“Just Born, Not Made Society” : Promoting Equal Social Opportunities and Regional Innovation and Development in South Korea


While South Korea has achieved impressive economic growth and now ranks 10th in the world for GDP and GNI in 2021, the country still struggles with significant issues related to social welfare and mobility. According to the 2020 Social Mobility Report by the World Economic Forum, South Korea was ranked 25th among major countries worldwide in terms of its social mobility. Even though its economic status ranks high and particularly its GNI per capita ranks 6th among countries with a population of over 50 million, South Korea experiences significantly low levels of social mobility.

The current social structure has contributed to widening gaps between the rich and poor, parents and adult children, the capital area and other regions, as well as urban and rural areas.

In this article, I emphasize the role of the National Assembly in addressing these issues rather than the executive branch. Therefore, let us explore policy solutions related to the upcoming 22nd National Assembly election.

Challenges Faced by South Korea:

South Korea’s social welfare and mobility systems perpetuate a lack of mobility and economic polarization, with family and region of birth playing a significant role in determining one’s education and economic status. This has resulted in a growing wealth gap between individuals born into affluent families and those born into impoverished ones.

Additionally, regional polarization has caused underdevelopment in many areas, prompting a brain drain phenomenon.

In summary, Korean society is rapidly moving towards a deterministic society where an individual’s life is predetermined by the family and region they are born into.

Policies, Initiatives, and Legislation:

To address the challenges faced by South Korea, policymakers must adopt a comprehensive approach that prioritizes improving the quality of life for all citizens. Fragmented policies based on each ministry and department are inadequate to solve this problem. To address the decline in national social welfare and social mobility in Korea, we must recognize that it stems from the concentration of power and resources in Seoul and the metropolitan area. Rather than relying on mechanical balance, we need to explore unique growth models for each region and create conditions that encourage people to settle there. Regional balanced development is the key to addressing the social issues facing Korean society, including ultra-low birth rates and an aging population. By doing so, we can find effective solutions that promote social welfare and mobility for all.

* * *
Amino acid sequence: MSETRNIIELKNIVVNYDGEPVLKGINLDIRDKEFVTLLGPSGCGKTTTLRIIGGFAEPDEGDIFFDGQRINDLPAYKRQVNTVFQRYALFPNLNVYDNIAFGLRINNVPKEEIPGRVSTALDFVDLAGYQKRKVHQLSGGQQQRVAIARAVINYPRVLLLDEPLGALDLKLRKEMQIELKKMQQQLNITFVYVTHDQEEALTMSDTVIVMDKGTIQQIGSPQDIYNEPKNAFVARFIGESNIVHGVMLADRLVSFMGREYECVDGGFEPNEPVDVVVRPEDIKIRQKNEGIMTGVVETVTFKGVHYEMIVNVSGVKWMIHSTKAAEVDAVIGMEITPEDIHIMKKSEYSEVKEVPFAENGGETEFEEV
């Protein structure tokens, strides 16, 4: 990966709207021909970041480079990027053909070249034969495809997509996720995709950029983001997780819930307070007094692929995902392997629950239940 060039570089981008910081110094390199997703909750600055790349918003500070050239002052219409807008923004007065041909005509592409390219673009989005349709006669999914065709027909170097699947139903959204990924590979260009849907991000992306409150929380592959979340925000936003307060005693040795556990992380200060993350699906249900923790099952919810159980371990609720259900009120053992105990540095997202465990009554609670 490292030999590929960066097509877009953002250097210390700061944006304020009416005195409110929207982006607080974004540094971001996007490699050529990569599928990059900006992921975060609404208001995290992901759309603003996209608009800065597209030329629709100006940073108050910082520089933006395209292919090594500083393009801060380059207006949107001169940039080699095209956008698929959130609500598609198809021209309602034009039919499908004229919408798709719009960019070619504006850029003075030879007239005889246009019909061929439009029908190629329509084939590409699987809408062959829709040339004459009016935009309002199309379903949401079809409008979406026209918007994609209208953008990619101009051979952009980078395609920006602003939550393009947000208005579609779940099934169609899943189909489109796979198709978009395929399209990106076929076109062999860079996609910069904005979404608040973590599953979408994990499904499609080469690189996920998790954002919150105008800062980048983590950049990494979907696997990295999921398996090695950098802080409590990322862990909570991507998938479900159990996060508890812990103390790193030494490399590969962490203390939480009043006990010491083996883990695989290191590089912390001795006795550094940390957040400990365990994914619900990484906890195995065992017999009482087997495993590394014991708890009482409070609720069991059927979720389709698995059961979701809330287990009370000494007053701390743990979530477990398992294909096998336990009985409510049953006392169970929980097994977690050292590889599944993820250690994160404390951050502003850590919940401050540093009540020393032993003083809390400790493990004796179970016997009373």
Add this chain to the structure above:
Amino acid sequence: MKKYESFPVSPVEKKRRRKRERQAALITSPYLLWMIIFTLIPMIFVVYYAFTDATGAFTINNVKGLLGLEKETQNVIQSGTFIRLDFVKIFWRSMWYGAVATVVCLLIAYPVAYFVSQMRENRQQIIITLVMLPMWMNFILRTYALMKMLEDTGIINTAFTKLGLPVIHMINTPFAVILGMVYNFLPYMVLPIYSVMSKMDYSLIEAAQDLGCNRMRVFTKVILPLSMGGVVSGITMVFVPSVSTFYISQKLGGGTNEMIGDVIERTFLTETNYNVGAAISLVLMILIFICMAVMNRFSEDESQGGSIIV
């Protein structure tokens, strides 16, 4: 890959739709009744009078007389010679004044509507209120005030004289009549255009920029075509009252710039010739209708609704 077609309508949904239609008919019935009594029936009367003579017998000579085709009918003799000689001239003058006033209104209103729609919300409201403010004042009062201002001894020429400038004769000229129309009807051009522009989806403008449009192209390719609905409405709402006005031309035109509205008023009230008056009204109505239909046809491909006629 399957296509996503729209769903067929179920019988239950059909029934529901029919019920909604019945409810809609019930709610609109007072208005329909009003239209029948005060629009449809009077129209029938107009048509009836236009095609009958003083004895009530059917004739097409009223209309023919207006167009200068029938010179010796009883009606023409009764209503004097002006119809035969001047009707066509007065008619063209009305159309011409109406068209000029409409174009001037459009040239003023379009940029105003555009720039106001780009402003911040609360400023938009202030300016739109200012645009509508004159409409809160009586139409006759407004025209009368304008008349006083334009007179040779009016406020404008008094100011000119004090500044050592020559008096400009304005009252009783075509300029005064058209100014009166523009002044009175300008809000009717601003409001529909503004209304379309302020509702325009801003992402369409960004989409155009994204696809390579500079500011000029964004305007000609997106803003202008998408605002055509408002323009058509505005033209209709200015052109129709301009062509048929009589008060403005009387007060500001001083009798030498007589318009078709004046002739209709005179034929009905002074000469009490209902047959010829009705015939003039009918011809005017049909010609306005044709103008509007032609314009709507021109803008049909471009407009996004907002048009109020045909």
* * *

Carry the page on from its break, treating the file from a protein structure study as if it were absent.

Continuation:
The Yoon Seok Yeol administration aims to achieve its national goal and agenda of “The Era of Localization” through the proposed “Localization Era Special Act.” However, the National Assembly has not made significant progress in passing this bill. This includes transforming the job ecosystem and education system, as well as promoting regional innovation and balanced development to address regional disparities. Given the current political impasse, the executive branch’s ability to create policies is limited. The government’s policymaking capacity will be heavily influenced by the legislative branch until a resolution is reached.

The upcoming 22nd National Assembly election presents an opportunity for lawmakers to create a framework that attracts individuals who can share and legislate solutions for the issues facing South Korea. Political parties must showcase their plans and proposals for promoting social mobility and addressing the challenges posed by the country’s social welfare and mobility systems. The party elected into power will have the responsibility of implementing policies that promote equal opportunities for all citizens, irrespective of their family background or place of birth. They must focus on addressing regional polarization and introducing measures to stimulate innovation and development in underdeveloped areas outside the capital.


South Korea must work towards creating a “Just Born, Not Made Society” that offers equal opportunities to all citizens. Achieving this goal requires a comprehensive approach that addresses issues of social welfare and mobility through improved education and job ecosystems, as well as promoting balanced regional development that encourages innovation and growth in areas outside the capital. The upcoming 22nd National Assembly election provides a crucial opportunity for promoting equal social opportunities and regional innovation and development in South Korea. It is the responsibility of elected officials to implement policies that promote social mobility and create a “Just Born, Not Made Society”.

© Dr. Young D. Lee

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